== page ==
People fear what they don’t understand. And let’s face it, mental health has only recently begun to even be an acceptable topic of conversation. Unfortunately, for many, it is still a topic that sends shivers down spines but it doesn’t have to stay that way. By simply talking about it, we normalize it. I have a feeling that, eventually, people will start to understand.
I never told any friends, coworkers or even romantic partners that I had been hospitalized against my willfor over four months for drug-induced psychosis. I never told them that I was once again hospitalized for several months formajor depression. Why? Because of stigma.”
Memories are still vivid of a painful childhood growing up in a toxic home. I struggled and managed to thrive with the heavy burden of emotional baggage from the 1950’s and early 1960’s until much later in life. Why did I wait so long to confront my past? Fear and denial followed me from the very moment I learned in 1965 that a potential employer would not hire me because my U.S. Navy honorable discharge document (DD214) included a “code” indicating a less than stable mental health condition. I was labeled a risk at age 20 and it scared the hell out of me!
I am grateful now later in life to have been able to move on with another company in the telecommunications business and enjoyed a very successful and exciting career. I was able to complete my college education as well and eventually retired in 2002. I wonder why any young person with a mental health diagnosis would ever reveal their condition or seek treatment… Many of us who survive traumatic experiences in life, march on one day at a time for many years until we have the courage to start the process of healing or when it is safe. I took the safe route until age 64, and it was indeed painful journey…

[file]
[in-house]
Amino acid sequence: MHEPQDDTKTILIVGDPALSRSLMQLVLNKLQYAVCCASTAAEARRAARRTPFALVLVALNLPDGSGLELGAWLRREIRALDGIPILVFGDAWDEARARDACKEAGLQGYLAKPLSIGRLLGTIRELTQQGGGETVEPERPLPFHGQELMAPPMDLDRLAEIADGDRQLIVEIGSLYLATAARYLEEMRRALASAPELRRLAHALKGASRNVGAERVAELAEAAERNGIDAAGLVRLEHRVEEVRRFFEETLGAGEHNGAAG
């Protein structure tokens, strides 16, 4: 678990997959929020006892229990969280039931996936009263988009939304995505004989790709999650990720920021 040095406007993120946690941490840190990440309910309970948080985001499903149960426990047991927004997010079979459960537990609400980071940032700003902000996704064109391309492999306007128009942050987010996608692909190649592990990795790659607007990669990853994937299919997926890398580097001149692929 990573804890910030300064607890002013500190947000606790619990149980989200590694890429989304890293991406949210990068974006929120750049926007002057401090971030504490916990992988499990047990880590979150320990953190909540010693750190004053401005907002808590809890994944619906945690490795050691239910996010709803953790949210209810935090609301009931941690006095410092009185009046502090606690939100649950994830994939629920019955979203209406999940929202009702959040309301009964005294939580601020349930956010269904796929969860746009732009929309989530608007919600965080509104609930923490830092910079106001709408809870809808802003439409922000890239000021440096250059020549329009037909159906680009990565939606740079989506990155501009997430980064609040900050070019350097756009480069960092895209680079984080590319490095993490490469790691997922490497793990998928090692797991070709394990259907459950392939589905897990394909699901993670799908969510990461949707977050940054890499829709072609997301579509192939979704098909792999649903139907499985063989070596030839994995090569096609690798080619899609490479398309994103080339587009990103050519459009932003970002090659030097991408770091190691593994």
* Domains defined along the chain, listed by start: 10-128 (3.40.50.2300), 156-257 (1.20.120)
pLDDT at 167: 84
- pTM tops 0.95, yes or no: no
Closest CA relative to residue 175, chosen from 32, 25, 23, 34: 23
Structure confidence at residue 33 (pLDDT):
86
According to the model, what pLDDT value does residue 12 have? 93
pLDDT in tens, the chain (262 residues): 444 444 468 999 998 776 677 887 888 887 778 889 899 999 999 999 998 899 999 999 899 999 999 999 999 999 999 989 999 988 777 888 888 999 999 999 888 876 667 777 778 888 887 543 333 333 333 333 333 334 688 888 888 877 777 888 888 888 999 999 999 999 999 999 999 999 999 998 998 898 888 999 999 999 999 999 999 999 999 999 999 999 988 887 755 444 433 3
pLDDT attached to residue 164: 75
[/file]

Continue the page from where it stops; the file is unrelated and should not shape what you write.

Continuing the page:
“Stigma is a self fulfilling prophecy,” they say… It has been 4 years since publishing my book, Reconciliation: A Son’s Story. After all the research and writing on the subject of PTS/PTSD, including this blog with close to 800 postings offering tons of information about my own experience, references and resources with the goal to help others, the human condition of STIGMA leaves me stoned cold and in a quandary. It is clear that we should all seek treatment immediately following a moral injury and living with the awful symptoms of depression and anxiety, including panic attacks. But it would be dishonest for me to suggest to anyone who fears losing opportunities and dreams of career success, especially loving relationships and spiritual growth in life, to ever admit a mental health challenge.
I am still searching for the right answer to help younger people, especially those who served America in hard combat or as a first responder. My prayer and hope is that someday, probably not in my lifetime, that our culture and society will see that stigma is something from our distant past. I pray that the millions of children and families who suffer from mental illness will be treated without prejudice and will have no fear in seeking meaningful long term treatment and begin the journey of healing. No human being should have to carry forward the burden of an invisible and life threatening mental illness to one generation and the next. Lives are at risk while we come to terms with STIGMA…the Germanwings tragedy will haunt all of us forever. Will the lessons learned lead us to healing as a human society and diversified cultures or will it reinforce the fear and denial connected with mental health STIGMA?
‘Why Is Dad So Mad?’ Veteran Writes Book to Explain His PTSD to His Daughter
Quote from the video transcript…
“In “Why Is Dad So Mad?” a family of lions — representing the Kastle family — is battling to overcome the father lion’s PTSD. In the book’s colorful pages, the father lion is shown with a raging fire inside his chest. That image, and its message, made an impact on Kastle’s 6-year-old daughter, Raegan.”
“No matter what, when they’re mad or sad at you, they still love you,” explained Raegan, admiring her father’s book in her playroom. “There’s always a fire in his heart, but no matter what, I know there’s love.”